We address the worldwide regulatory landscape facing the autonomous vehicle market.
Norton Rose Fulbright’s fourth annual Autonomous Vehicle (AV) White Paper addresses the planned and actual use of biometrics – the measurement of unique human physiological and behavioral characteristics – in today’s (and tomorrow’s) vehicles. To be sure, the use of biometrics has been incorporated into a multitude of technologies that are used on a daily basis to facilitate the identification or authentication of individuals. Such technologies have long included the use of fingerprint and facial recognition to unlock laptops and cellphones and for identification at border crossings, and voice recognition to verify identity for financial transactions. Now the technology is being pushed to include hand gesture recognition (e.g. swipe gestures), gait recognition, and facial and hand thermograms, all of which may be used by companies for marketing and by governments to conduct surveillance.
The automotive industry is increasingly incorporating biometric technologies for both security and convenience into their vehicles, especially for the next generation of AVs. With this rapid embrace of biometrics comes significant concerns relating to protecting the privacy of individuals. Only a few states have passed laws regulating the collection and security of biometric data. Uniformity of regulations, however, is lacking. These biometric innovations also have been developed at great cost to companies both inside and outside of the rapidly changing car industry. Although each developer believes that their particular technologies should be embraced by its marketplace, the field continues to evolve, and customer preferences are still very much undefined. Companies, therefore, have sought and continue to seek to protect their innovations through the panoply of intellectual property rights, most specifically patent rights, that will allow them to preclude unauthorized users from taking their hard-earned market share.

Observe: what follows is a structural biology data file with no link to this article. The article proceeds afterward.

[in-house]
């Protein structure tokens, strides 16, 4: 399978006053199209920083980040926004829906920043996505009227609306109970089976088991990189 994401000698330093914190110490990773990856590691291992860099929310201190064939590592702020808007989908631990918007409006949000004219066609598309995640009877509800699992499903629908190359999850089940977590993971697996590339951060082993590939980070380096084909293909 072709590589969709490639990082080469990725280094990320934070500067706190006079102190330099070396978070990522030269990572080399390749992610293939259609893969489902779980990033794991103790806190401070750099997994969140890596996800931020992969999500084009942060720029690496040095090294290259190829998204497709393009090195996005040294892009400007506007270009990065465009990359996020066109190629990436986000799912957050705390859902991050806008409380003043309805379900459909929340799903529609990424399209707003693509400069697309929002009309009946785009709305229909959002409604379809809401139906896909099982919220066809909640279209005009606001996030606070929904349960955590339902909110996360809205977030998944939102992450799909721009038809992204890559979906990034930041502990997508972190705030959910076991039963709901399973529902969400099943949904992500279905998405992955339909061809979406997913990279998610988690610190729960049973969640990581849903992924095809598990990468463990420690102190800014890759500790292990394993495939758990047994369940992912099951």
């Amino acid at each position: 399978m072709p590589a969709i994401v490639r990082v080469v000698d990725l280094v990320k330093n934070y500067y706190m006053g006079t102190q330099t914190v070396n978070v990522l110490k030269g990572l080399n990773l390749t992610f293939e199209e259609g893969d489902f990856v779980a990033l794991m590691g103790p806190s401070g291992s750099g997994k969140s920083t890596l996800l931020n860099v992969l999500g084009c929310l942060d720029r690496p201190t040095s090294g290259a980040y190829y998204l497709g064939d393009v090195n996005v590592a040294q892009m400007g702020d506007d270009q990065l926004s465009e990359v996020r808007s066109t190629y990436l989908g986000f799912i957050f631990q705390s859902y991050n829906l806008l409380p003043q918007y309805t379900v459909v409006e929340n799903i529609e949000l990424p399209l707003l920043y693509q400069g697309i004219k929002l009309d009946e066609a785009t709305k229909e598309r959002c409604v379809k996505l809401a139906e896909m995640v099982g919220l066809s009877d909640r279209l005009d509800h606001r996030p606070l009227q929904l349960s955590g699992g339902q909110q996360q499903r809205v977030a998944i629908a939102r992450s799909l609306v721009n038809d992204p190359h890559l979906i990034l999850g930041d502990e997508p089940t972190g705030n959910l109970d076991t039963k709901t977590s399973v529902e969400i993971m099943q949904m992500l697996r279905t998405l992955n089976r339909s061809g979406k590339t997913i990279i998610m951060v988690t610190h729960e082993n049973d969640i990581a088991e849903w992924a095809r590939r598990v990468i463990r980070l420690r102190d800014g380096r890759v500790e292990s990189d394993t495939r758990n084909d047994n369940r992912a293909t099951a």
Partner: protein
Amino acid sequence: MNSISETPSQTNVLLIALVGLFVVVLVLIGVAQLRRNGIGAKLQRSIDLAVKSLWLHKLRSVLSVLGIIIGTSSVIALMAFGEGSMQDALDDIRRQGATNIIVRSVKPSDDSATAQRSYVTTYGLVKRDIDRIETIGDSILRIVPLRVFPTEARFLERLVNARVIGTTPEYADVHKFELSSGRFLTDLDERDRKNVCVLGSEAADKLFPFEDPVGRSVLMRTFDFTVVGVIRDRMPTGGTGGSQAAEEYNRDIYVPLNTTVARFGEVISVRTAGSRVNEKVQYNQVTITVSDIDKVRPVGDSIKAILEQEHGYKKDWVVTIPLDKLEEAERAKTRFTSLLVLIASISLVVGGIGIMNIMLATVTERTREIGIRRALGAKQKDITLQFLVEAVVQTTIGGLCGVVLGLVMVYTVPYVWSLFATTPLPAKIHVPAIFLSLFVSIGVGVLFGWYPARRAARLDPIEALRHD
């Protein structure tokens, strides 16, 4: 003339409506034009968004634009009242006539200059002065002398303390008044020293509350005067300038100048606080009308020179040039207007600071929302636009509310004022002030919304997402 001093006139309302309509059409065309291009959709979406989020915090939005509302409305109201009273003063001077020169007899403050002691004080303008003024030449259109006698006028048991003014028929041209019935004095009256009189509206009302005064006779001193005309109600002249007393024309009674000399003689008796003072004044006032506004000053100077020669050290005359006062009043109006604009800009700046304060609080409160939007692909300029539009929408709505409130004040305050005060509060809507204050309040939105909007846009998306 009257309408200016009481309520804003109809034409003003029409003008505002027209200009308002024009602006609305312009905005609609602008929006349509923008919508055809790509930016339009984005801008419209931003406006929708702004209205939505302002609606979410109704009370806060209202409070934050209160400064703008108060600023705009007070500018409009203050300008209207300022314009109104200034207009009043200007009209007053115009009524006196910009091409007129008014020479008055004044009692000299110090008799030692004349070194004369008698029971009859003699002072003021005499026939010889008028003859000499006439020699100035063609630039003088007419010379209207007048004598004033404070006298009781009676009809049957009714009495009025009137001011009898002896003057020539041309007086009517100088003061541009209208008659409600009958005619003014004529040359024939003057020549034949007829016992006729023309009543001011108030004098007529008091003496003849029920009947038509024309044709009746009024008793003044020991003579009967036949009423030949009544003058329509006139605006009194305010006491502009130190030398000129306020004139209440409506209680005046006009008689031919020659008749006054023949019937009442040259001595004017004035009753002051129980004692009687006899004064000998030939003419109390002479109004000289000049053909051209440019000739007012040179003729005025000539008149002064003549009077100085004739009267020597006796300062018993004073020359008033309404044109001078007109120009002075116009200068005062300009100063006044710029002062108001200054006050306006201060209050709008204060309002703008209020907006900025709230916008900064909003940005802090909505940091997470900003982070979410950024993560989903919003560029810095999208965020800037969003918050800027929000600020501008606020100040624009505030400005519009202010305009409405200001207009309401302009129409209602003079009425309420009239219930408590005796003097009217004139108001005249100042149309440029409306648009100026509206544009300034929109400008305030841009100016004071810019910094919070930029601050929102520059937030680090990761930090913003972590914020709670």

This White Paper explores the legal issues raised by the increased use of biometrics in cars and how to manage the risk that they raise for vehicle developers, manufacturers, and operators. As a starting point, the basic contours of the different biometric technologies are discussed. With that understanding in hand, this White Paper explores the laws of eight countries and their impact on biometric use. The countries discussed include:
“What” information can be used, and “how” can that information be captured?
Biometrics in technology has been increasingly incorporated into our daily lives; however, there has not been a proliferation of laws on how to regulate this data.
Automated vehicle technology is likely to produce and retain data about vehicle behavior and vehicle occupants. Some of that data will sit only in-vehicle.
Under the Made in China 2025 plan, China saw the issuance of a number of key policies and regulations on intelligent vehicles in 2017.
French consumers are less worried about the collection and the sharing of their biometric data by connected vehicles than elsewhere in Europe.
The German government and the European Commission have declared biometric technologies to be key enablers for a digital economy.
As in the case with the operation of AVs, there is no specific regulatory framework for the uses of biometrics in Indonesia.
Korea has seen an increasing use of biometrics in vehicles and related electronic products.